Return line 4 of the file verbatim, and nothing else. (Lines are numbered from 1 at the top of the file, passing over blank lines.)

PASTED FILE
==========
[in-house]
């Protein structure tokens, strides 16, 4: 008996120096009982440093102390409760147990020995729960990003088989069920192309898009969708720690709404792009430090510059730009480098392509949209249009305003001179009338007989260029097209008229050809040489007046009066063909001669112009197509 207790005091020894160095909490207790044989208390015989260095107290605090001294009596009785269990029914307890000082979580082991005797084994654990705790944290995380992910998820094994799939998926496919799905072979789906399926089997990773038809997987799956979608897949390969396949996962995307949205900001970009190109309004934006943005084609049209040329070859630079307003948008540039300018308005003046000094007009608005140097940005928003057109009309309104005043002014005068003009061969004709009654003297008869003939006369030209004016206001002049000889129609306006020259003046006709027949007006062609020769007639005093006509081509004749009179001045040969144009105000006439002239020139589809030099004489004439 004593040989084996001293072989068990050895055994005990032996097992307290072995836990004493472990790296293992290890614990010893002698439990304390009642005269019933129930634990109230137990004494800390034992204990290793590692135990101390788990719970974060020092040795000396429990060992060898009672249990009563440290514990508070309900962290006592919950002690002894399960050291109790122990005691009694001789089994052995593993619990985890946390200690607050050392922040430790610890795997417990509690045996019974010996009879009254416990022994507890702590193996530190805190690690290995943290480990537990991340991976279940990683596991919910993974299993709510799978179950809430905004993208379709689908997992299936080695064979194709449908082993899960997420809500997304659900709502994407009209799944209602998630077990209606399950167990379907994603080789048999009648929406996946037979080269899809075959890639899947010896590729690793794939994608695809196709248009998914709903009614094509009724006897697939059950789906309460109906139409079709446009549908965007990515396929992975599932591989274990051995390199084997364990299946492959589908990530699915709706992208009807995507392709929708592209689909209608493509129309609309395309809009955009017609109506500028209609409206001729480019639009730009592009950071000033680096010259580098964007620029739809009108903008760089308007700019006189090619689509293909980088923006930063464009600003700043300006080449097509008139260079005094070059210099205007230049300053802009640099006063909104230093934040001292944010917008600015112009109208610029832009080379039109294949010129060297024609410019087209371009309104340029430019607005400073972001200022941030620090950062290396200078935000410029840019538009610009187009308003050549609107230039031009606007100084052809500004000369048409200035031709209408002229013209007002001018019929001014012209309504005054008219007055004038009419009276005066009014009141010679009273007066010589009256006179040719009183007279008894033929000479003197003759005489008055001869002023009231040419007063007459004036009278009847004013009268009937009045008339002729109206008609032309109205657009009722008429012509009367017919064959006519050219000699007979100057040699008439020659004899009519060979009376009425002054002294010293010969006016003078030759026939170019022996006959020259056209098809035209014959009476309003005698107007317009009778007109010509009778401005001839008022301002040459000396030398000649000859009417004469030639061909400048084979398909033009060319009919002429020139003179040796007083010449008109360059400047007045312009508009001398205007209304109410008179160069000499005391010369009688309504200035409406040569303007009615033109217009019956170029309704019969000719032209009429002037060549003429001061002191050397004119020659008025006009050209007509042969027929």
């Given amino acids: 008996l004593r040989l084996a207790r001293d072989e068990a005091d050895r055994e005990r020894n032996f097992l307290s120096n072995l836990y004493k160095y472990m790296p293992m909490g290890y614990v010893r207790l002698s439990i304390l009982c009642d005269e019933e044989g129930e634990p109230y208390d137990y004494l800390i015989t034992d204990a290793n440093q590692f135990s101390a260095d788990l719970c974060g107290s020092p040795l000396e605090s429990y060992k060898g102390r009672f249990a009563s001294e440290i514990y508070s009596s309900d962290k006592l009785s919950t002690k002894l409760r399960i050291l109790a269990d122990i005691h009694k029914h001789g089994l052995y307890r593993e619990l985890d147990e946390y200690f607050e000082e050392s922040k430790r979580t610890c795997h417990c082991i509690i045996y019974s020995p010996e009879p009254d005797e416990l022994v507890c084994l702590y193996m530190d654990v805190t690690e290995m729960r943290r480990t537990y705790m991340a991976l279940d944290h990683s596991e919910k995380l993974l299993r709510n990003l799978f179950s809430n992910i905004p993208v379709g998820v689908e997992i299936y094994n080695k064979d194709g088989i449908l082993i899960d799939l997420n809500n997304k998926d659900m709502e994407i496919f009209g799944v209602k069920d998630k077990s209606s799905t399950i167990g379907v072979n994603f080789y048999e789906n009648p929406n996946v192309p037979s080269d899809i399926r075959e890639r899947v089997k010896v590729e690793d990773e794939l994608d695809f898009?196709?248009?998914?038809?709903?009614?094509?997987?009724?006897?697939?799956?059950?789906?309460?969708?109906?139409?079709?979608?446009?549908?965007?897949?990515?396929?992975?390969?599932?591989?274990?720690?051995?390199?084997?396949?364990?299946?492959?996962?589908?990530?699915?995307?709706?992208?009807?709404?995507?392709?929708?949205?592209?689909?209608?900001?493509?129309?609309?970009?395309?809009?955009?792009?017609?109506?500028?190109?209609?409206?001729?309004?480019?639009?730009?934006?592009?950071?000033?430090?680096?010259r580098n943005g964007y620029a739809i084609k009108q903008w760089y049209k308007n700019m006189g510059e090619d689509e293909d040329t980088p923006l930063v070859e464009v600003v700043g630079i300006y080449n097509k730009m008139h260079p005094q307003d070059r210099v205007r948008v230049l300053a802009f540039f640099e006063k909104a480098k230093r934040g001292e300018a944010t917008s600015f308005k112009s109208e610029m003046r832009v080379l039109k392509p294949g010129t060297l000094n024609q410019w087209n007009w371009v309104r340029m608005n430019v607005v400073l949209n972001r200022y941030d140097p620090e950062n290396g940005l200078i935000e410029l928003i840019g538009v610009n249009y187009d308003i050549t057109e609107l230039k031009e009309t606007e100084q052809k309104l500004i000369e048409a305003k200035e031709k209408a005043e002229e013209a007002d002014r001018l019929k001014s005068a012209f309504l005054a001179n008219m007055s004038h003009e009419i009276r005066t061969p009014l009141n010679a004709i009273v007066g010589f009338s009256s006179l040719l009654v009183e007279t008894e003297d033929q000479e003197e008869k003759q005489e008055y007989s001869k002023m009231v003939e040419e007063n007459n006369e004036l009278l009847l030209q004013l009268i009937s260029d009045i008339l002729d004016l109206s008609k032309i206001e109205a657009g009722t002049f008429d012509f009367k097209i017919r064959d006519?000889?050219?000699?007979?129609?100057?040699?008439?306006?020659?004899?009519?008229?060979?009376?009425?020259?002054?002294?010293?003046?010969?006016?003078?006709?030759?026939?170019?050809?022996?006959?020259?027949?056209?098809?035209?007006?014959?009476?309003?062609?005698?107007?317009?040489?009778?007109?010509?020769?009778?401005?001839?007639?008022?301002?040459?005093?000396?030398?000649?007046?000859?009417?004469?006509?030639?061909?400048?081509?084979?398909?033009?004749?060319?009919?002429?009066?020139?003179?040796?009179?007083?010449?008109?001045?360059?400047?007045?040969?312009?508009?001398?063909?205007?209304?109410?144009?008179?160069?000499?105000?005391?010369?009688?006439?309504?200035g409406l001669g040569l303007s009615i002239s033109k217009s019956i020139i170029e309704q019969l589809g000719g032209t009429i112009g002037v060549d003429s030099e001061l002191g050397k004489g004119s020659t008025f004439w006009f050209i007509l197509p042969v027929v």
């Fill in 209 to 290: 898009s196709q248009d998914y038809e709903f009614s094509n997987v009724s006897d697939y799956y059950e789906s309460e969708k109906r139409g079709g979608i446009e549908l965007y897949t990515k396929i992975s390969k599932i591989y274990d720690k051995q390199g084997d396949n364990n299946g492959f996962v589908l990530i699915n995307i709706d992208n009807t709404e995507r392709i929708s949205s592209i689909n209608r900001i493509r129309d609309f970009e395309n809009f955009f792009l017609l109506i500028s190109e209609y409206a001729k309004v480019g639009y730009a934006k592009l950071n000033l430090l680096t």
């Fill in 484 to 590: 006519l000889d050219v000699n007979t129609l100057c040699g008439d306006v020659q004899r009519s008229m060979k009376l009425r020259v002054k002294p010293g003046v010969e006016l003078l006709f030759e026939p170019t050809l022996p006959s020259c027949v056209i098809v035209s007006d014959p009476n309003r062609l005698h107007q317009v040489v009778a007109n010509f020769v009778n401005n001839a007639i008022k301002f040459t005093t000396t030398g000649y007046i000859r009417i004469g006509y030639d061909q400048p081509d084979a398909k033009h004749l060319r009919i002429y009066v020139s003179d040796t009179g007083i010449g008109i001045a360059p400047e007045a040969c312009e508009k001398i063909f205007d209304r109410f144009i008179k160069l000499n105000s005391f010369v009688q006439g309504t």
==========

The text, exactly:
């Fill in 209 to 290: 898009s196709q248009d998914y038809e709903f009614s094509n997987v009724s006897d697939y799956y059950e789906s309460e969708k109906r139409g079709g979608i446009e549908l965007y897949t990515k396929i992975s390969k599932i591989y274990d720690k051995q390199g084997d396949n364990n299946g492959f996962v589908l990530i699915n995307i709706d992208n009807t709404e995507r392709i929708s949205s592209i689909n209608r900001i493509r129309d609309f970009e395309n809009f955009f792009l017609l109506i500028s190109e209609y409206a001729k309004v480019g639009y730009a934006k592009l950071n000033l430090l680096t």